Prof. Diane Harris Cline
- Associate Professor of History and Classical and Ancient Near Eastern Studies, Program Coordinator for Classical and Ancient Near Eastern Studies
- Phillips Hall
801 22nd St NW
Washington, District Of Columbia 20052
- [email protected]
Areas of Expertise
- Ancient History
Diane Harris Cline is an associate professor of history at the George Washington University, and an ancient Greek historian and classical archaeologist. In her cross-disciplinary research, she is a pioneer in the digital humanities, applying social network analysis to study the social ties in ancient Greece. Cline is the author of two books, The Treasures of the Parthenon and Erechtheion (Oxford) and The Greeks: An Illustrated History (National Geographic). She is a two-time Fulbright Scholar and has won two NEH awards for her research in Greece, where she also serves as an expert study leader for Smithsonian Journeys and National Geographic Expeditions. With a B.A. in classics from Stanford and Ph.D. in classical archaeology from Princeton, Cline has taught a wide range of courses on Greek and Roman history, archaeology, religion, mythology, literature, and culture. She has won teaching awards at GWU, including the Columbian Prize for teaching and mentoring advanced undergraduate students in 2017 and the Morton A. Bender award for Excellence in Teaching in 2018. For her research Cline was a Fellow in Hellenic Studies at the Harvard Center for Hellenic Studies in the fall of 2018, and in spring 2019 she was a Fulbright Scholar in Greece at the University of Crete, Rethymno.
For 2020-2021, she serves as the Classics coordinator.
National Geographic’s The Greeks: An Illustrated History, National Geographic Press, 2016.
The Treasures of the Parthenon and the Erechtheion. Oxford: Oxford University Press, 1995.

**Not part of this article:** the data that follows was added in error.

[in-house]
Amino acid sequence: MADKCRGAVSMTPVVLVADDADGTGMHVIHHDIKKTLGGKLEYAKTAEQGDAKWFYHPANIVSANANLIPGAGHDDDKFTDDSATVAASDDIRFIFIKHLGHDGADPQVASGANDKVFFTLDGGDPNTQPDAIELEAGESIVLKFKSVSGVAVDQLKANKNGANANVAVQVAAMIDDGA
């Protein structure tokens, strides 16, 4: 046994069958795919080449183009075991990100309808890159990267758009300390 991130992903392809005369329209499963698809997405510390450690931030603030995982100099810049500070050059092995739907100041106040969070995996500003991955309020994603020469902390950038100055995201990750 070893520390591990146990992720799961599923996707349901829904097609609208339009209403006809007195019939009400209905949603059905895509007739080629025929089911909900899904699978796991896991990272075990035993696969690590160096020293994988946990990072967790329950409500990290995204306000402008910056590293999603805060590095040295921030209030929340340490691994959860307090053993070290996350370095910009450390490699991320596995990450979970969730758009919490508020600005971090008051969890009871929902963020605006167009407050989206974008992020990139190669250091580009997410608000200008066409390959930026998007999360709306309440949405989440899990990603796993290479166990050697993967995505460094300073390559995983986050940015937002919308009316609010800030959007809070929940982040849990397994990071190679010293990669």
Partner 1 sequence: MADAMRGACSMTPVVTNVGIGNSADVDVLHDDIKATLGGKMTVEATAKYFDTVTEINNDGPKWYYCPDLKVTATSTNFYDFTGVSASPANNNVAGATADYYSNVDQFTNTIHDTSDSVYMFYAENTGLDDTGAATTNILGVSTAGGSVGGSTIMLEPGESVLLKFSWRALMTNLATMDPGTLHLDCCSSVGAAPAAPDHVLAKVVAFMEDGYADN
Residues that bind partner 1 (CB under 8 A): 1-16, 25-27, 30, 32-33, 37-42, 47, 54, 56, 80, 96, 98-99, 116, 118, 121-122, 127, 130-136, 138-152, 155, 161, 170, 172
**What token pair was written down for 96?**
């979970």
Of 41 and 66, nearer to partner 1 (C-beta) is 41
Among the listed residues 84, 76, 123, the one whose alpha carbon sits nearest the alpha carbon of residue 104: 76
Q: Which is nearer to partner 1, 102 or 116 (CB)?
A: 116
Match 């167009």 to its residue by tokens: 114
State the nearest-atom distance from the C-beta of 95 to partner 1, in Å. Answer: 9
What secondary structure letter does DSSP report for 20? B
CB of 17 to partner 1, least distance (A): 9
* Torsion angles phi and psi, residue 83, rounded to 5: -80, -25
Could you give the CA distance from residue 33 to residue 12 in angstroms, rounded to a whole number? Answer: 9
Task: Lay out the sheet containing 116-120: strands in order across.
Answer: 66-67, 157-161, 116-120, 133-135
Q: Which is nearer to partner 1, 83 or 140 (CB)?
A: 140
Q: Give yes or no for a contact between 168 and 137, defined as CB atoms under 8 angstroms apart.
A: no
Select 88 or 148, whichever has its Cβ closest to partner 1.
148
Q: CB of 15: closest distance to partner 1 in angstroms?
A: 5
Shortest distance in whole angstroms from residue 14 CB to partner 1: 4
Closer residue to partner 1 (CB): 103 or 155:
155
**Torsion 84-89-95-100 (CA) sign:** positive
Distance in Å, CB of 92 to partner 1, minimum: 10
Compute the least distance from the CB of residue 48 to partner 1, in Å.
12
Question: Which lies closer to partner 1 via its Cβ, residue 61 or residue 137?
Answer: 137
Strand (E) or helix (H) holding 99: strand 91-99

The Aegean and the Orient in the Second Millennium, Proceedings of the 50th Anniversary Symposium, Cincinnati, 18-20 April 1997, co-edited with Eric H. Cline. Aegaeum 18. Annales s'archéologie égéenne de l'Université de Liège et UT-PASP. Liège, 1998. Co-authored "Prolegomena to the Cincinnati Conference" with Eric H. Cline.
"Social Network Analysis and Connoisseurship in the Study of Athenian Potters' Communities.” In Reconstructing Scales of Production in the Ancient Greek World: Producers, Processes, Products, People, eds. Martin Bentz and Eleni Hasaki. Heidelberg: Propylaeum, (2020): 59–80.
"Athens as a Small World." In The Ties That Bind. Ancient Politics and Network Research. Journal of Historical Network Research, eds. Wim Broekaert, Elena Köstner, and Christian Rollinger 4 (2020): 36–56.
"A Field Map for Untangling the Entangled Sea." Journal of Eastern Mediterranean Archaeology & Heritage Studies 8.3-4 (2020): 226–49.
"Entanglement, Materiality, and the Social Organization of Construction Workers in Classical Athens." Ancient History and Contemporary Social Science, eds. Mirko Canevaro, Andrew Erskine, Benjamin Gray and Josiah Ober. Edinburgh: University of Edinburgh Press (2018): 512-528.
"The Amarna Letters: A Web of Interaction." Journal of Ancient Egyptian Interconnections 7:4 (2015): 58-60.
"Text Messages, Tablets, and Social Networks in the Late Bronze Age Eastern Mediterranean: The Small World of the Amarna Letters" in Egypt and the Near East: Crossroads II. Proceedings of an International Conference on the Relations of Egypt and the Near East in the Bronze Age, ed. Jana Myrnarova et al., Charles University in Prague Press (2015) 17-44. Co-authored with Eric H. Cline.
"Six Degrees of Alexander: Social Network Analysis and Ancient History." Ancient History Bulletin 26.1-2 (2012): 59-70.